By SUSANNE RUST and KATHLEEN GALLAGHER
srust@journalsentinel.com
Posted: April 22, 2006

First of three parts

Madison - The work of Wisconsin stem cell scientists is re-emerging as some of the most promising in the world, eight years after the era of human stem cell research dawned in a lab here.

The focus on fundamental research at the University of Wisconsin-Madison has been eclipsed at times by the quest for dramatic breakthroughs and massive government funding elsewhere.

But private companies trying to leapfrog to a clinical breakthrough have yet to turn a profit, South Korea's program fell from grace when its leading scientist was caught fabricating his findings, and a court battle looms over California's $3 billion stem cell initiative.

Meanwhile, UW-Madison has quietly built a critical mass of scientists across a wide range of disciplines, creating a tight-knit research hub unlike any other institution in the world. Those scientists have seized the opportunity to work with stem cells in unexpected ways.

In departments as diverse as pediatrics and electrical engineering, researchers tinker with human embryonic stem cells: growing them in vials and on plates, immersing them in vats of liquid nitrogen, twisting and stretching them with high-tech vacuums. They work not only to understand the fundamental biology of these cells, but also to build the tools and perfect the protocols that others will use to bring these cells into the clinics and hospitals of the future.

As world-class scientists thrive in an atmosphere of academic openness, Madison's stem cell technology has spread across campus, building a solid infrastructure for a nascent industry. Supporters hope their efforts will deliver embryonic stem cell research into a clinically successful future, adding billions to the state's economy.

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Judge OKs legality of California's $3 billion stem cell institute

Judge OKs legality of California's $3 billion stem cell institute

By PAUL ELIAS

The Associated Press

SAN FRANCISCO

California's novel, $3 billion stem cell research institute is a legitimate state agency and two lawsuits challenging its constitutionality have no merit, a state judge ruled Friday.

The ruling came a month after a four-day trial in which lawyers with connections to anti-abortion groups claimed the country's most ambitious stem cell research agency violated California law because it wasn't a true state agency and its managers had a host of conflicts of interest.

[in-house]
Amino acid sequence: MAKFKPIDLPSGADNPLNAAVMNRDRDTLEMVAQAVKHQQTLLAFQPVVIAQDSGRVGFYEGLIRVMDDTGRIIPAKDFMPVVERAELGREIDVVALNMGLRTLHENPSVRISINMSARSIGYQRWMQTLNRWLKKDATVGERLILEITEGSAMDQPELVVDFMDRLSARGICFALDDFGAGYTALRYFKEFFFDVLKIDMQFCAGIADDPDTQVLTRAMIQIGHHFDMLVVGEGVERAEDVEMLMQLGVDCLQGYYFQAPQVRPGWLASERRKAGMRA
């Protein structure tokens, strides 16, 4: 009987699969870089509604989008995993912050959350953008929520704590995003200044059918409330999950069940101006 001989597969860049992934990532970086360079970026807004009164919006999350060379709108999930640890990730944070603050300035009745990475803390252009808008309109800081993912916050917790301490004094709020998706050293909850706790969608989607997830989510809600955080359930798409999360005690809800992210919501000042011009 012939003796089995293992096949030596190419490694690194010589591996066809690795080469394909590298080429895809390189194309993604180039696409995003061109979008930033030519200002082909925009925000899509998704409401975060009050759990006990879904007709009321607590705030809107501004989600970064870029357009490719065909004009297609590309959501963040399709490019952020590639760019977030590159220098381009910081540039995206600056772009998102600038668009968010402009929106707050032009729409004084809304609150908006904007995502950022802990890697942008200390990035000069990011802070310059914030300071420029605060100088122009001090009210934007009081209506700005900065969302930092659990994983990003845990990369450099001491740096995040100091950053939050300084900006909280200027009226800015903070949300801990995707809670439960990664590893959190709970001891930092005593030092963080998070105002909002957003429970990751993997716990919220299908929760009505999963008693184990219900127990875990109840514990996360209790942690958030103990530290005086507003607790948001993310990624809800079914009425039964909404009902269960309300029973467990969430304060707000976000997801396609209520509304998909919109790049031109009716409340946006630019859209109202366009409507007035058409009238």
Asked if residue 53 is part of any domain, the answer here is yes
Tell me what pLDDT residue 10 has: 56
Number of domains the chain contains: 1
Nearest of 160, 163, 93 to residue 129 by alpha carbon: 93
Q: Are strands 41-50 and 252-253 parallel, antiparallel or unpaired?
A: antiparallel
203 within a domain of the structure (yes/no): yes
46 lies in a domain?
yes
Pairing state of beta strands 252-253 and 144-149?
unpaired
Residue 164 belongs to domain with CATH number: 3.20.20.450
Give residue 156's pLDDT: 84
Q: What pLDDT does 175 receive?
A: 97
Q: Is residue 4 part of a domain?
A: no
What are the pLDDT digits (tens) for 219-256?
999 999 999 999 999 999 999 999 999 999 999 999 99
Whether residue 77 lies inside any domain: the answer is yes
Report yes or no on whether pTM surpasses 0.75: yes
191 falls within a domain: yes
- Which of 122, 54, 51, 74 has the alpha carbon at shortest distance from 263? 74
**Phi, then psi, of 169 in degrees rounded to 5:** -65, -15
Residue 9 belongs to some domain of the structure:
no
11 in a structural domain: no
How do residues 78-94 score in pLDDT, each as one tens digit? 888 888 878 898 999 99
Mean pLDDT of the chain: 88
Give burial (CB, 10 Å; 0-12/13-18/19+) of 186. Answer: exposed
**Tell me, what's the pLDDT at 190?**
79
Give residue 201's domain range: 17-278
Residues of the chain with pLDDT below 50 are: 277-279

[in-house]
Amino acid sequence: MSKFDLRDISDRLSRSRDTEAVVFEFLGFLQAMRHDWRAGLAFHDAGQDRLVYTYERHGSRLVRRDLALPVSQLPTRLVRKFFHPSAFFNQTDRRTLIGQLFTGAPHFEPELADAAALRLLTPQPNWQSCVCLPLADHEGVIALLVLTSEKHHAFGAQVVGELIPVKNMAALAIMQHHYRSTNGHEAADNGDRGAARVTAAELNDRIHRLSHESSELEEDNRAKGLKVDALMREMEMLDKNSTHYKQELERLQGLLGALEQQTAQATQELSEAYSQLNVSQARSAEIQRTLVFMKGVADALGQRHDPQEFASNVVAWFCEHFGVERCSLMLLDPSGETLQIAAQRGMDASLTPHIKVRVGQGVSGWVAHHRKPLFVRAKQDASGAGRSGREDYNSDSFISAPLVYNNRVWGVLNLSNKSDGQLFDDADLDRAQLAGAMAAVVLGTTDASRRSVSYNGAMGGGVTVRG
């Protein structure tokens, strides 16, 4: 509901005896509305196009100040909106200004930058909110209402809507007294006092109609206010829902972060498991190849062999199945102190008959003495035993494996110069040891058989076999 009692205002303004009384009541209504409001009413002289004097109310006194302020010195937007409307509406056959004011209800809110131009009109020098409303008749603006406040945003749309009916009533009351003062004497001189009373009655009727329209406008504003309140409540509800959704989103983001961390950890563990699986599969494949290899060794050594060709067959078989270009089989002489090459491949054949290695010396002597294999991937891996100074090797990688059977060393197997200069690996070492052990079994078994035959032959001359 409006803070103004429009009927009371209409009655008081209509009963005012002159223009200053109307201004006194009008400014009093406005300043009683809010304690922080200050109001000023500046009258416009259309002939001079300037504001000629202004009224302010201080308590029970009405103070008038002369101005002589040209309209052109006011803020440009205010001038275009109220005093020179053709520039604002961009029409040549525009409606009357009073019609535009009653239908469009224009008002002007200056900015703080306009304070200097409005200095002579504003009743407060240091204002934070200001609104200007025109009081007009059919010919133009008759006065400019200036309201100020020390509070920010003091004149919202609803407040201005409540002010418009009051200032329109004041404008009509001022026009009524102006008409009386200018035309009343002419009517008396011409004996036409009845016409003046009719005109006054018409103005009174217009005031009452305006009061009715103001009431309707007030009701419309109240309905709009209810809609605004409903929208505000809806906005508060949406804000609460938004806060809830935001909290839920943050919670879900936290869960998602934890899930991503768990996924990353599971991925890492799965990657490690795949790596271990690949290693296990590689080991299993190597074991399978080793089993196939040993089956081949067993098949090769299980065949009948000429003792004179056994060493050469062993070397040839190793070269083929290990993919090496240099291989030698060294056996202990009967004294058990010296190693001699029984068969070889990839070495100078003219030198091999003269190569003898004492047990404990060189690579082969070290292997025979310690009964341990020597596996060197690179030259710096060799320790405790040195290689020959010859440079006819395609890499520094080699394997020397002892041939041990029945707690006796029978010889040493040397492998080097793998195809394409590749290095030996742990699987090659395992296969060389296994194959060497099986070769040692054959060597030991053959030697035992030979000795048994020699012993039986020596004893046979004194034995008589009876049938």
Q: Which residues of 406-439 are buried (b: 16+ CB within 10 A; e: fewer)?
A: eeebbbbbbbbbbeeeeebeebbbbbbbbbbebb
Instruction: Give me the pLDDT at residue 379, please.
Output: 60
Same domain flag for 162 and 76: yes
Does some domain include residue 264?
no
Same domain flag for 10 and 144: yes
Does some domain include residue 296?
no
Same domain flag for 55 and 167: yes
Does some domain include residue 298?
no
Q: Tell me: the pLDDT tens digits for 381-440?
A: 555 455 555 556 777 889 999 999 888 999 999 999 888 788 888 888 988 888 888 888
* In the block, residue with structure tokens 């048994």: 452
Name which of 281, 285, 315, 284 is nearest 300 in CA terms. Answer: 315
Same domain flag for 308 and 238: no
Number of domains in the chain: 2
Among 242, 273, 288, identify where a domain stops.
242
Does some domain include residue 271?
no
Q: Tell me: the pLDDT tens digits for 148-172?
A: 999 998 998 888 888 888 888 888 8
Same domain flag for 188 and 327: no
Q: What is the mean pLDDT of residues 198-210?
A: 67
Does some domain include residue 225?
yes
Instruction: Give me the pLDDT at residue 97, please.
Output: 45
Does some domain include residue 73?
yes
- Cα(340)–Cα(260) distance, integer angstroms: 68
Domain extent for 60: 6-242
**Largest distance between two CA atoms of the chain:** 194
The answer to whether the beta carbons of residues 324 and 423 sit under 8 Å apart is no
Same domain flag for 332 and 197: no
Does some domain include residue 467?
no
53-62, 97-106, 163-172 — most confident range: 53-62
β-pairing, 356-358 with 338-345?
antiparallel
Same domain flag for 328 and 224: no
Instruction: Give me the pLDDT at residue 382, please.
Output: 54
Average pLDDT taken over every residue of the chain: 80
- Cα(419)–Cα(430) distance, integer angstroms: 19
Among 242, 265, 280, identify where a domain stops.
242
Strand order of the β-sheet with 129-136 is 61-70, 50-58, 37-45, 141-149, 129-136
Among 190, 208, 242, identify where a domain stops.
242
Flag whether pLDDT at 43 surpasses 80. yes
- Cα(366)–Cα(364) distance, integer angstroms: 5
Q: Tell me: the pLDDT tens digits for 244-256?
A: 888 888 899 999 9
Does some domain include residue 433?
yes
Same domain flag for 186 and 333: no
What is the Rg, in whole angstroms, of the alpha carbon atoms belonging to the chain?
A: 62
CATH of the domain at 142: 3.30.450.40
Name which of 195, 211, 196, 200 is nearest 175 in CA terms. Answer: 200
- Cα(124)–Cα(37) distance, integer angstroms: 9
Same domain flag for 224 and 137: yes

But Alameda County Superior Court Judge Bonnie Lewman Sabraw handed the California Institute for Regenerative Medicine an unambiguous victory, writing that the lawsuits failed to show the voter-approved law that created the agency in 2004, "is clearly, positively and unmistakably unconstitutional."

Lewman Sabraw's ruling becomes official in 10 days unless the losing attorneys come up with new and dramatically different arguments.

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Small companies learn they have to sniff out trademarks or land in court

Trademark search
Small companies learn they have to sniff out trademarks or land in court

Business First of Columbus - April 14, 2006by Kevin KemperBusiness

For more than seven years, Gary Rountree has been in business as a private investigator, and, until recently, his small Dublin-based company has been known as Intell North Investigations Inc.

But lawsuits have a way of changing things.

Brought to you by Cingular Intell North and Rountree were sued in January by Intel Corp., the world's best-known computer chip maker, for trademark infringement because Rountree's company name was too similar to Intel's.

Rountree settled the lawsuit March 15, is changing the company's name and will not talk about the details. He does say, however, that even though he believes he didn't do anything wrong, he had no choice.

"You can't win. You're not going to beat them," Rountree said. "A small guy like me can't afford it."

Intell North isn't the only Central Ohio company to tangle with Intel recently. Columbus-based Internet Transaction Solutions Inc. filed a lawsuit against Intel in U.S. District Court in Columbus in January after Intel sent ITS a letter that threatened litigation.